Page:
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I always forget to put tags on my LJ posts, but I figure the computer could do it (or at least suggest them) for me. It's a pretty standard machine learning situation: old posts with tags = labelled data, new post = classification problem. In fact, this application is partially what I had in mind in making those LiveJournal Ruby bindings with exporting.

I've had a first shot at doing this sitting around for months, but I got frustrated trying to make all the pieces fit together. (I've heard it estimated that machine learning is 90% massaging data into the right formats and 5% algorithms. And the algorithm is provided by a library anyway.) Today I finally made it work. I'd normally put the code online but it's particularly hideous.

I was trying to do the data munging with Ruby but it was super slow. (I'm not really sure what I was doing wrong, but a simple loop that inserts all words from entries into a hash table could only process 50 entries a second and gets slower as it goes on -- the hash only holds 10k elements?) But I actually had a lot of code hanging around in C++ (see previous post), and C++ isn't too bad if you've got good libraries to support it.

Anyway, it suggested an old post from over two years ago should be tagged haskell. The post is a pretty good candidate, really: some of my initial impressions of the language, along with some reflections on human language. It's funny to see how little I've changed in these respects over the past two years. (But at the same time, that was before Google, which has altered my perspective on so many things!)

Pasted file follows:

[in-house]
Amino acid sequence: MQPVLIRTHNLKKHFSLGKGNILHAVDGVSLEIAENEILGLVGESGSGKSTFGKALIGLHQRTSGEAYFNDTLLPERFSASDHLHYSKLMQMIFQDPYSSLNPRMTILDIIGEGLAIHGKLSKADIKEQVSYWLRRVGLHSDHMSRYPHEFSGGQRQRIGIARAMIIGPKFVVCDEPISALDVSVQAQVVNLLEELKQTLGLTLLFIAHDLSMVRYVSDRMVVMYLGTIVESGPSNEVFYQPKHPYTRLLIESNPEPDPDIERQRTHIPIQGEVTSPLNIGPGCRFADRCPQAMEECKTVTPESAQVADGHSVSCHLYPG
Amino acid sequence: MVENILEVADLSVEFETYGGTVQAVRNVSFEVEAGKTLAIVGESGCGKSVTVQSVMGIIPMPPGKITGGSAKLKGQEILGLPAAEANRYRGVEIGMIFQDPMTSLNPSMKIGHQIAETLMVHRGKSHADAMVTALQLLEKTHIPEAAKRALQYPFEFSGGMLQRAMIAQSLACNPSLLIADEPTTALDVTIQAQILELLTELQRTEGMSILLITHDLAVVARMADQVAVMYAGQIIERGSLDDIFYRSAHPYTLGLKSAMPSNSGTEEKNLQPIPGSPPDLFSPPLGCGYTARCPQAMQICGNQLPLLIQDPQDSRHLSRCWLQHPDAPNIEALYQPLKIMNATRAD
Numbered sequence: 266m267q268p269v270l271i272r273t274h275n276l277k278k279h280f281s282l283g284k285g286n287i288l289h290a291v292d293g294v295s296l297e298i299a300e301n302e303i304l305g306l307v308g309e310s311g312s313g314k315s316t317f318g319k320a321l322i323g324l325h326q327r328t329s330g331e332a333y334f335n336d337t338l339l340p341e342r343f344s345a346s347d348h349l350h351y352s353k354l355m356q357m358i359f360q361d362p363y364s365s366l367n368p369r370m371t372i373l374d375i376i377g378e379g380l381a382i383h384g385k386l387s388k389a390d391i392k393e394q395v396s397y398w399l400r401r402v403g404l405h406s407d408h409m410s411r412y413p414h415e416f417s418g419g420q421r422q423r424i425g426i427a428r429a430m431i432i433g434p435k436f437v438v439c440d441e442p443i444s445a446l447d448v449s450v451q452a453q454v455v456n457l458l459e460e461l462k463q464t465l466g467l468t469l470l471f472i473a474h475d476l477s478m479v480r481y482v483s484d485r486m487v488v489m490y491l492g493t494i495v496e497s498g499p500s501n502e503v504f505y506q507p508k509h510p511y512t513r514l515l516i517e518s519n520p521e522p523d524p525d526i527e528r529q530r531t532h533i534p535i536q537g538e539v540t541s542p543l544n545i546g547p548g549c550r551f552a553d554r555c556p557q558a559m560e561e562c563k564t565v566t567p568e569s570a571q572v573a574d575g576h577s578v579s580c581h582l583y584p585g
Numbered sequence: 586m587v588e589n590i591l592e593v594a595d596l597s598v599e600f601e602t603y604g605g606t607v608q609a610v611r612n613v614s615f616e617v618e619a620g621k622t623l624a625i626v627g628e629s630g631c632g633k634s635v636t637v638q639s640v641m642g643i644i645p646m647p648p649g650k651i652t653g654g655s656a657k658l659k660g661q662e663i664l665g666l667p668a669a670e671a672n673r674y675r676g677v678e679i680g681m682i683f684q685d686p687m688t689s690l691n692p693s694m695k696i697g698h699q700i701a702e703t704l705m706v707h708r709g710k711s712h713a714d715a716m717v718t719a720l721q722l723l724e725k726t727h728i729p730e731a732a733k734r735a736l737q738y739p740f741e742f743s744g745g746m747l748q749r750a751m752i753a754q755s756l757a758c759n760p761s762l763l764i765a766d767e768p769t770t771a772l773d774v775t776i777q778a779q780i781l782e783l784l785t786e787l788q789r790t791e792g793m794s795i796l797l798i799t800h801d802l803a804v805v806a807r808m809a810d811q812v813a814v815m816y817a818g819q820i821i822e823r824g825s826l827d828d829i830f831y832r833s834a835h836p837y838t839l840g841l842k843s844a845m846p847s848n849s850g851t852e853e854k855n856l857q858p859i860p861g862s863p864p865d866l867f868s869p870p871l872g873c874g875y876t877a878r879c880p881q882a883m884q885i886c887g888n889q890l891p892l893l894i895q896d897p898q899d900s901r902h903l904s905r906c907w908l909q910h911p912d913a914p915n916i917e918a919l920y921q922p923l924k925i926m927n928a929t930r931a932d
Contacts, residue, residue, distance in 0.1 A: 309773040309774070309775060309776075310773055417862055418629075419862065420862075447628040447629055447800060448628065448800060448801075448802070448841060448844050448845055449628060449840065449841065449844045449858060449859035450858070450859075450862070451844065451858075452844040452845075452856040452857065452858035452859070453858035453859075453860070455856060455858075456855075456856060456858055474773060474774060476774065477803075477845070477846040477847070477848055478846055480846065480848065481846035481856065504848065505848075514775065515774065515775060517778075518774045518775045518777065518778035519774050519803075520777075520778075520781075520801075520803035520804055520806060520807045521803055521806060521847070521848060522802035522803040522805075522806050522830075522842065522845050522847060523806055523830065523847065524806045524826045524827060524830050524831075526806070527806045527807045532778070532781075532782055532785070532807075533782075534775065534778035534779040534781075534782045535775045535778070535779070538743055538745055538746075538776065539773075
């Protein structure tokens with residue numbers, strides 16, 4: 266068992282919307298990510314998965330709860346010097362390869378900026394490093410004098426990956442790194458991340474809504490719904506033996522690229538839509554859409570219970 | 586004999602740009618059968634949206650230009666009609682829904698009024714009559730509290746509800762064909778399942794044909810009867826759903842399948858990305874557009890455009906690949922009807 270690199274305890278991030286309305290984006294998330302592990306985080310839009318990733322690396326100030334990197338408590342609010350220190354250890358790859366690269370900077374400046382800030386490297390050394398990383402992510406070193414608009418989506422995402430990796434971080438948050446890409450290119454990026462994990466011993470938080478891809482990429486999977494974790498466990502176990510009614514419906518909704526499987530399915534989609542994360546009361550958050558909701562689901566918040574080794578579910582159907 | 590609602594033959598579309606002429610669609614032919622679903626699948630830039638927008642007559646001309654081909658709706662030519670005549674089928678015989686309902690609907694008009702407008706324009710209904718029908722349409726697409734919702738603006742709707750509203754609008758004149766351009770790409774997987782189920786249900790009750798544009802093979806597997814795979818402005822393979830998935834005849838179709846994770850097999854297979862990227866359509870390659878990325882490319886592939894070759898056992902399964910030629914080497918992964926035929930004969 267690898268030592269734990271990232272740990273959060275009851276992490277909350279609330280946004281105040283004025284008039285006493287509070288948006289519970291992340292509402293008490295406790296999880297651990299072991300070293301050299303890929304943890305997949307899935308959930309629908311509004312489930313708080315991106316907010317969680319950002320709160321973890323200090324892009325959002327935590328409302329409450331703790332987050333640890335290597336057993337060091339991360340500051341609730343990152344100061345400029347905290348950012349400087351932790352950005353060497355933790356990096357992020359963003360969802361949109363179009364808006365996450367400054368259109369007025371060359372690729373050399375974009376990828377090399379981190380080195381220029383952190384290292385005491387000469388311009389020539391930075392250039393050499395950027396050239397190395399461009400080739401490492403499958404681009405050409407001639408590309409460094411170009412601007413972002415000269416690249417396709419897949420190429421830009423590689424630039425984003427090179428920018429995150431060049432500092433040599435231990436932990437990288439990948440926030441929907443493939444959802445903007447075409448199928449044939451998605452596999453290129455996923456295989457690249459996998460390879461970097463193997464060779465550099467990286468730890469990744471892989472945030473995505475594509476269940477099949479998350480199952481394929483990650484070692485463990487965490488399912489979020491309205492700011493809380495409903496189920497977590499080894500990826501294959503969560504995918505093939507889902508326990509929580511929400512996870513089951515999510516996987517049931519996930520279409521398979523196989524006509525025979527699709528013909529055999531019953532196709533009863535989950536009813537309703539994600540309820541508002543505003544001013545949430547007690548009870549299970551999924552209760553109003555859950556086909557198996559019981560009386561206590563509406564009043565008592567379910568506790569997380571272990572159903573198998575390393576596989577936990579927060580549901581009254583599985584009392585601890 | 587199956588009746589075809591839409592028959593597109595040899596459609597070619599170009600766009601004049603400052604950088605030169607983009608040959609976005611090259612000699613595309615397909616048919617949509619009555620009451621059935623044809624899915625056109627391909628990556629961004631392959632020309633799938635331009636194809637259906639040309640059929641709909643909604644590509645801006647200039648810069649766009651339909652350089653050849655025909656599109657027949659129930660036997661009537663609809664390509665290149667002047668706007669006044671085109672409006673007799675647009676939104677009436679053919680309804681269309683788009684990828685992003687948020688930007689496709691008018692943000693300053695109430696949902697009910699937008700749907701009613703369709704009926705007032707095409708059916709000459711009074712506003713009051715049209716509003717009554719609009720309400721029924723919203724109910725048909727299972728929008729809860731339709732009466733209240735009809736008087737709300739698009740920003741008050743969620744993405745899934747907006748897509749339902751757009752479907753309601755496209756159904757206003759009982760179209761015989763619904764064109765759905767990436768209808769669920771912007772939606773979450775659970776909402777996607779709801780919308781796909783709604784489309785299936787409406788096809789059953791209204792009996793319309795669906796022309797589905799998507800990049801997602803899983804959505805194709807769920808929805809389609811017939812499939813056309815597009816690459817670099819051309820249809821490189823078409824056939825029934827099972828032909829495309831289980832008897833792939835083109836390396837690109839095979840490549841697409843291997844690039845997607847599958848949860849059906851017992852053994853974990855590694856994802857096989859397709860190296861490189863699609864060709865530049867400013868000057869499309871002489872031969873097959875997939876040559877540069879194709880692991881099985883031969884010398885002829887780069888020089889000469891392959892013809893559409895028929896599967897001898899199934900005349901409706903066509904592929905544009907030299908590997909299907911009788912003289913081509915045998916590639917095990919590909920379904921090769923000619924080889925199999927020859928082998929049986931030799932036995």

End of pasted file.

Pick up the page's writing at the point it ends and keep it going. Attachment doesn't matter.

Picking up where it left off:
As always this makes me wish I knew more about what was going on. This classifier (libsvm: it was even recommended by my officemate, who's behind TinySVM) outputs a yes/no value, and what I really want are some sorts of relative scores: bad suggestions are ok as long as they're ranked below good ones. I guess the difference is classification versus regression? The libsvm docs peter out right at the point where they'd start explaining these sorts of things.

Additionally (and this may just be Google's influence spoiling me) I'm surprised people can get useful results out of SVMs, given that they work on input data volumes ranging "only" in the thousands. I remember a talk by a guy who claimed he could generally beat SVMs using logistic regression because he could throw much more data at it and crunch new approaches so much faster. Does anyone know a good logistic regression library? (The first hit for [sparse logistic regression library] turns out to be software by Paul [previously-mentioned speaker] himself! Some poking around the site turned up the slides from the talk he gave.) Maybe it'd be more educational to implement it myself...